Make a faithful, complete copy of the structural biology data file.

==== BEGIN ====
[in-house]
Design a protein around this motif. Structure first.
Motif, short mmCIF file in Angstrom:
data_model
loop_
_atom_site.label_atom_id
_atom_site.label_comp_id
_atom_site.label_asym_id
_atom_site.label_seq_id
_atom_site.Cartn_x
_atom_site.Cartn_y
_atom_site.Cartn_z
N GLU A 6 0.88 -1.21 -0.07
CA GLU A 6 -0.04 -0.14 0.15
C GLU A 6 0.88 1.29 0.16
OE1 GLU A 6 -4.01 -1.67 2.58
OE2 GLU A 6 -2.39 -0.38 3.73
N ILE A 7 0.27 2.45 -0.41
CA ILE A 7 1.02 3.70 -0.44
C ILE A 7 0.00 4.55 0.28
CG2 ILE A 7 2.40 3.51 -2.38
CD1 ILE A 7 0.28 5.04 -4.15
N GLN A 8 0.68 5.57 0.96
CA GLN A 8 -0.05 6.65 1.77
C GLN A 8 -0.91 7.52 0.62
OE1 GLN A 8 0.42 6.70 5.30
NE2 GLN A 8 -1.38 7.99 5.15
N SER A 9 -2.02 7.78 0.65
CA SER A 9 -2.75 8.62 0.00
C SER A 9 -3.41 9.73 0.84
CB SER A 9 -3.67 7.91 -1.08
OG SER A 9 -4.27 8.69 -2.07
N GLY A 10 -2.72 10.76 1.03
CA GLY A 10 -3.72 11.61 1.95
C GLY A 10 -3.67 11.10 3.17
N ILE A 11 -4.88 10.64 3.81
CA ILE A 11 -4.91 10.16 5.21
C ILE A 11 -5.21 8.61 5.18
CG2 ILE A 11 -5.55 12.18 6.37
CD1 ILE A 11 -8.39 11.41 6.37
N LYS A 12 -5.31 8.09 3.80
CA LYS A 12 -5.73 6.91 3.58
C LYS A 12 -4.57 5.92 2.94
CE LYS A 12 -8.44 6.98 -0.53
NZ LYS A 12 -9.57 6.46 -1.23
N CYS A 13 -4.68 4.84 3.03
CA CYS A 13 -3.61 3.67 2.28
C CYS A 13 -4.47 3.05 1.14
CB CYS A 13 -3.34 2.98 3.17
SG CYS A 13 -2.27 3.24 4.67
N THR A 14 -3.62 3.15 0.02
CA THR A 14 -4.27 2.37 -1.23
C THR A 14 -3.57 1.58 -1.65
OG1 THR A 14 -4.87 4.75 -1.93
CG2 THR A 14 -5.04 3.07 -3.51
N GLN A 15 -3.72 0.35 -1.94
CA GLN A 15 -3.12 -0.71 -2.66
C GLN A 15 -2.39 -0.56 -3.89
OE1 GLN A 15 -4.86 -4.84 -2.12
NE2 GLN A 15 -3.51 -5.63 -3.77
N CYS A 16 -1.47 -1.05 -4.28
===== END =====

[in-house]
Design a protein around this motif. Structure first.
Motif, short mmCIF file in Angstrom:
data_model
loop_
_atom_site.label_atom_id
_atom_site.label_comp_id
_atom_site.label_asym_id
_atom_site.label_seq_id
_atom_site.Cartn_x
_atom_site.Cartn_y
_atom_site.Cartn_z
N GLU A 6 0.88 -1.21 -0.07
CA GLU A 6 -0.04 -0.14 0.15
C GLU A 6 0.88 1.29 0.16
OE1 GLU A 6 -4.01 -1.67 2.58
OE2 GLU A 6 -2.39 -0.38 3.73
N ILE A 7 0.27 2.45 -0.41
CA ILE A 7 1.02 3.70 -0.44
C ILE A 7 0.00 4.55 0.28
CG2 ILE A 7 2.40 3.51 -2.38
CD1 ILE A 7 0.28 5.04 -4.15
N GLN A 8 0.68 5.57 0.96
CA GLN A 8 -0.05 6.65 1.77
C GLN A 8 -0.91 7.52 0.62
OE1 GLN A 8 0.42 6.70 5.30
NE2 GLN A 8 -1.38 7.99 5.15
N SER A 9 -2.02 7.78 0.65
CA SER A 9 -2.75 8.62 0.00
C SER A 9 -3.41 9.73 0.84
CB SER A 9 -3.67 7.91 -1.08
OG SER A 9 -4.27 8.69 -2.07
N GLY A 10 -2.72 10.76 1.03
CA GLY A 10 -3.72 11.61 1.95
C GLY A 10 -3.67 11.10 3.17
N ILE A 11 -4.88 10.64 3.81
CA ILE A 11 -4.91 10.16 5.21
C ILE A 11 -5.21 8.61 5.18
CG2 ILE A 11 -5.55 12.18 6.37
CD1 ILE A 11 -8.39 11.41 6.37
N LYS A 12 -5.31 8.09 3.80
CA LYS A 12 -5.73 6.91 3.58
C LYS A 12 -4.57 5.92 2.94
CE LYS A 12 -8.44 6.98 -0.53
NZ LYS A 12 -9.57 6.46 -1.23
N CYS A 13 -4.68 4.84 3.03
CA CYS A 13 -3.61 3.67 2.28
C CYS A 13 -4.47 3.05 1.14
CB CYS A 13 -3.34 2.98 3.17
SG CYS A 13 -2.27 3.24 4.67
N THR A 14 -3.62 3.15 0.02
CA THR A 14 -4.27 2.37 -1.23
C THR A 14 -3.57 1.58 -1.65
OG1 THR A 14 -4.87 4.75 -1.93
CG2 THR A 14 -5.04 3.07 -3.51
N GLN A 15 -3.72 0.35 -1.94
CA GLN A 15 -3.12 -0.71 -2.66
C GLN A 15 -2.39 -0.56 -3.89
OE1 GLN A 15 -4.86 -4.84 -2.12
NE2 GLN A 15 -3.51 -5.63 -3.77
N CYS A 16 -1.47 -1.05 -4.28